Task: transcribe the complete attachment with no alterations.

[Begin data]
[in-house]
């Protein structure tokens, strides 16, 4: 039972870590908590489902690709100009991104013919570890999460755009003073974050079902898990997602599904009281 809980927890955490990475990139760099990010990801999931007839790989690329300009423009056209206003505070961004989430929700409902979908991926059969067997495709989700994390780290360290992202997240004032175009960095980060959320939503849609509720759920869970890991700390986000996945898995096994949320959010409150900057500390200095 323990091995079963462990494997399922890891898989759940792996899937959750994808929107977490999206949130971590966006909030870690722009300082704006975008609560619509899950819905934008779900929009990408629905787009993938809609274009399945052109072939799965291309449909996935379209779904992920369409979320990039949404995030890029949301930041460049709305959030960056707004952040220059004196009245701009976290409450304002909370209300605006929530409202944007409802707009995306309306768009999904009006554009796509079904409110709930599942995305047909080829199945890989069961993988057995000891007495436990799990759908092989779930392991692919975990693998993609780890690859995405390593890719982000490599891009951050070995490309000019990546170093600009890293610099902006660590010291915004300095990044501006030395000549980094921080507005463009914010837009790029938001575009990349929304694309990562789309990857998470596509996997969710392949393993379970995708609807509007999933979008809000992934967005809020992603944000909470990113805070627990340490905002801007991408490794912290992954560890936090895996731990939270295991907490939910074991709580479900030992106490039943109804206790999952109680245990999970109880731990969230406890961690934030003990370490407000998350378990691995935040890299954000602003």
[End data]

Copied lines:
[in-house]
């Protein structure tokens, strides 16, 4: 039972870590908590489902690709100009991104013919570890999460755009003073974050079902898990997602599904009281 809980927890955490990475990139760099990010990801999931007839790989690329300009423009056209206003505070961004989430929700409902979908991926059969067997495709989700994390780290360290992202997240004032175009960095980060959320939503849609509720759920869970890991700390986000996945898995096994949320959010409150900057500390200095 323990091995079963462990494997399922890891898989759940792996899937959750994808929107977490999206949130971590966006909030870690722009300082704006975008609560619509899950819905934008779900929009990408629905787009993938809609274009399945052109072939799965291309449909996935379209779904992920369409979320990039949404995030890029949301930041460049709305959030960056707004952040220059004196009245701009976290409450304002909370209300605006929530409202944007409802707009995306309306768009999904009006554009796509079904409110709930599942995305047909080829199945890989069961993988057995000891007495436990799990759908092989779930392991692919975990693998993609780890690859995405390593890719982000490599891009951050070995490309000019990546170093600009890293610099902006660590010291915004300095990044501006030395000549980094921080507005463009914010837009790029938001575009990349929304694309990562789309990857998470596509996997969710392949393993379970995708609807509007999933979008809000992934967005809020992603944000909470990113805070627990340490905002801007991408490794912290992954560890936090895996731990939270295991907490939910074991709580479900030992106490039943109804206790999952109680245990999970109880731990969230406890961690934030003990370490407000998350378990691995935040890299954000602003």